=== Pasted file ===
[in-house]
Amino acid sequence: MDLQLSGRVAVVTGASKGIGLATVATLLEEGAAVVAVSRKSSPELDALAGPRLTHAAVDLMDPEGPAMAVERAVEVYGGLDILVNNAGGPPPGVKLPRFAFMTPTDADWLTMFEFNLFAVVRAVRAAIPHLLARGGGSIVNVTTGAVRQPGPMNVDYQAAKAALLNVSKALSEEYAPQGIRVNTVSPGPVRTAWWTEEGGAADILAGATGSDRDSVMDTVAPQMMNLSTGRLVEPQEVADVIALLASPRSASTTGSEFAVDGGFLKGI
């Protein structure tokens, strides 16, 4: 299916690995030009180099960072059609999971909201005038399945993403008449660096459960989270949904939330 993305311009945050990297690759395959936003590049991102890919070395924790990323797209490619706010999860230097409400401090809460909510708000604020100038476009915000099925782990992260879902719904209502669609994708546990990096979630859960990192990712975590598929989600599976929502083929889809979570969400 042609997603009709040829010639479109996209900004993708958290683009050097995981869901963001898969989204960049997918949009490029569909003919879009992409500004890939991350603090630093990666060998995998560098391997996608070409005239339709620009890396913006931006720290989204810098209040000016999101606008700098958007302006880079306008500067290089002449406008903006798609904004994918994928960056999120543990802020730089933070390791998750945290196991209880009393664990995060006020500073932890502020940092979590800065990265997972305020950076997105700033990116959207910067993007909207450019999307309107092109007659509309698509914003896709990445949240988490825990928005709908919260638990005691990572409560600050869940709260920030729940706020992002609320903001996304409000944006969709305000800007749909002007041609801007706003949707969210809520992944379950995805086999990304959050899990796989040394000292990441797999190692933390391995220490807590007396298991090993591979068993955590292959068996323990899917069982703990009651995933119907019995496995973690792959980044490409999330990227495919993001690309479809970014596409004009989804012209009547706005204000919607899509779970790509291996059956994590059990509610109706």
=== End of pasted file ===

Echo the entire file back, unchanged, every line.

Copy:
[in-house]
Amino acid sequence: MDLQLSGRVAVVTGASKGIGLATVATLLEEGAAVVAVSRKSSPELDALAGPRLTHAAVDLMDPEGPAMAVERAVEVYGGLDILVNNAGGPPPGVKLPRFAFMTPTDADWLTMFEFNLFAVVRAVRAAIPHLLARGGGSIVNVTTGAVRQPGPMNVDYQAAKAALLNVSKALSEEYAPQGIRVNTVSPGPVRTAWWTEEGGAADILAGATGSDRDSVMDTVAPQMMNLSTGRLVEPQEVADVIALLASPRSASTTGSEFAVDGGFLKGI
């Protein structure tokens, strides 16, 4: 299916690995030009180099960072059609999971909201005038399945993403008449660096459960989270949904939330 993305311009945050990297690759395959936003590049991102890919070395924790990323797209490619706010999860230097409400401090809460909510708000604020100038476009915000099925782990992260879902719904209502669609994708546990990096979630859960990192990712975590598929989600599976929502083929889809979570969400 042609997603009709040829010639479109996209900004993708958290683009050097995981869901963001898969989204960049997918949009490029569909003919879009992409500004890939991350603090630093990666060998995998560098391997996608070409005239339709620009890396913006931006720290989204810098209040000016999101606008700098958007302006880079306008500067290089002449406008903006798609904004994918994928960056999120543990802020730089933070390791998750945290196991209880009393664990995060006020500073932890502020940092979590800065990265997972305020950076997105700033990116959207910067993007909207450019999307309107092109007659509309698509914003896709990445949240988490825990928005709908919260638990005691990572409560600050869940709260920030729940706020992002609320903001996304409000944006969709305000800007749909002007041609801007706003949707969210809520992944379950995805086999990304959050899990796989040394000292990441797999190692933390391995220490807590007396298991090993591979068993955590292959068996323990899917069982703990009651995933119907019995496995973690792959980044490409999330990227495919993001690309479809970014596409004009989804012209009547706005204000919607899509779970790509291996059956994590059990509610109706």